The early bird, as the proverb goes, catches the worm. And it’s true for business networking: arrive early, and make the connections that the latecomers might miss out on.
Networking is an essential part of growing a business – whether you’ve just started it, or whether you want to build it and grow. However valuable a service you offer, however good your product, the simple fact is this: none of us have a divine right win to people’s trust and custom; if only life was that easy.
Obviously, we’re biased about the virtues of referral marketing, and networking at BforB meetings. All over the country, we host meetings that begin at various times of the day, from breakfast to mid-morning, from lunchtime to early evening – you can network to suit your busy schedules, though many opt for the fortnightly early start to the day; BforB networking is every other week, because many people told us the weekly commitment is often too consuming.
So you sign-up to the fortnightly BforB commitment, and that’s great; we welcome you on board. But the next step is maximising your investment, and making sure that BforB leads to new connections, great referrals, and business being done, through our virtue of ‘know-like-trust’.
What you’ll get at BforB is great support and advice, but one of the first things we always say to guests who indicate they are thinking of signing up with us: arrive early for your meetings. That’s not to say an hour before, or even half an hour: but aim to be there before the official start time, because you’d be surprised how quickly you can make a connection and find synergy with a guest or fellow member in the time spent open networking over a cup of tea or coffee, before the formality of the meeting gets underway.
If you are one of the early arrivals, you have the advantage of being there to welcome members and guests when they arrive, and therefore being in the position of being well placed to strike up an immediate conversation. Who knows where that might lead. If you arrive earlier, you have more time to network!
Devora Zack, the author of “Networking for People Who Hate Networking,” says that introverts thrive in small group conversations, but clam up in crowds. So if you are an introvert, there’s another reason for turning up early: there are fewer people around, and therefore it’s easier to strike up conversations.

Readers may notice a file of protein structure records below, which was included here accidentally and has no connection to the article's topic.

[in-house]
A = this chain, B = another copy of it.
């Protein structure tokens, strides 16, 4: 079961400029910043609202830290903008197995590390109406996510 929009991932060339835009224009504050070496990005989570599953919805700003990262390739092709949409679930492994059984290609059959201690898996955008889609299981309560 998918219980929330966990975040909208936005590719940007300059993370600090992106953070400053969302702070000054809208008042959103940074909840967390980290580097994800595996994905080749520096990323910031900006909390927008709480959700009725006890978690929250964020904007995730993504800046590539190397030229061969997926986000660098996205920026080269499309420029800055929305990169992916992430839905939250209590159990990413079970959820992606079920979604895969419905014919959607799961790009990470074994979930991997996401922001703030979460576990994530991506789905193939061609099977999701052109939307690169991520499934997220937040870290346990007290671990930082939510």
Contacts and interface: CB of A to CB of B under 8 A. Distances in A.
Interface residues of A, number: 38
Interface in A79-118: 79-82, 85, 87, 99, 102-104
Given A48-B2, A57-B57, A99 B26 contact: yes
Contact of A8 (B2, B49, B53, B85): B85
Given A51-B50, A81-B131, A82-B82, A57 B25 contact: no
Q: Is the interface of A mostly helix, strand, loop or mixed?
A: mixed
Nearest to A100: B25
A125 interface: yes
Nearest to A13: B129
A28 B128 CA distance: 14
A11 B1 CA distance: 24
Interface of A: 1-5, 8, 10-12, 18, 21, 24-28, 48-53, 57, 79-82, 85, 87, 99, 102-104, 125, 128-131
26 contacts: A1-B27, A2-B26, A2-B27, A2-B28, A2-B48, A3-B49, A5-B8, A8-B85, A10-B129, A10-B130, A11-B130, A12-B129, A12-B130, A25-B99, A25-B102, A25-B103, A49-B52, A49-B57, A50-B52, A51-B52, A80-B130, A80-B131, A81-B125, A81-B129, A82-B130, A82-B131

Being an early arrival means you can engage in one-to-one conversations with other ‘early birds’ before the room starts to fill up, and with it, the noise and buzz that surrounds a busy room full of people in full conversation. It can make for an intimidating environment to those not used to large groups, or still new to business networking.
You also have the luxury of making the first impression in people’s minds before everyone is surrounding them with handshakes and offering their business cards.
If you have a good experience from the outset of turning up for your networking event, then the rest of the meeting will be a doddle. You will become much more relaxed, far less intimidated, and therefore confident and more comfortable ahead of delivering your 60 seconds pitch.
And look at it from another point of view: if you arrive late, think of what you miss out on – potentially fruitful conversations. Not only that, you find yourself chasing conversation, rather than starting it. You then become a bit flustered, and you are still settling in when the meeting officially gets underway.
Time is precious at networking events: maximise it to your advantage. Be there early, give yourself plenty of time to chat, introduce yourself, further develop friendships, and make connections before your meeting even gets underway.
After that it all falls into place: confident, relaxed, enjoying yourself – and who knows, from an early introduction comes a quick one-to-one meet up, building up trust between you and others, and who knows: business being done in no time.
As we said at the start: the early bird catches the worm!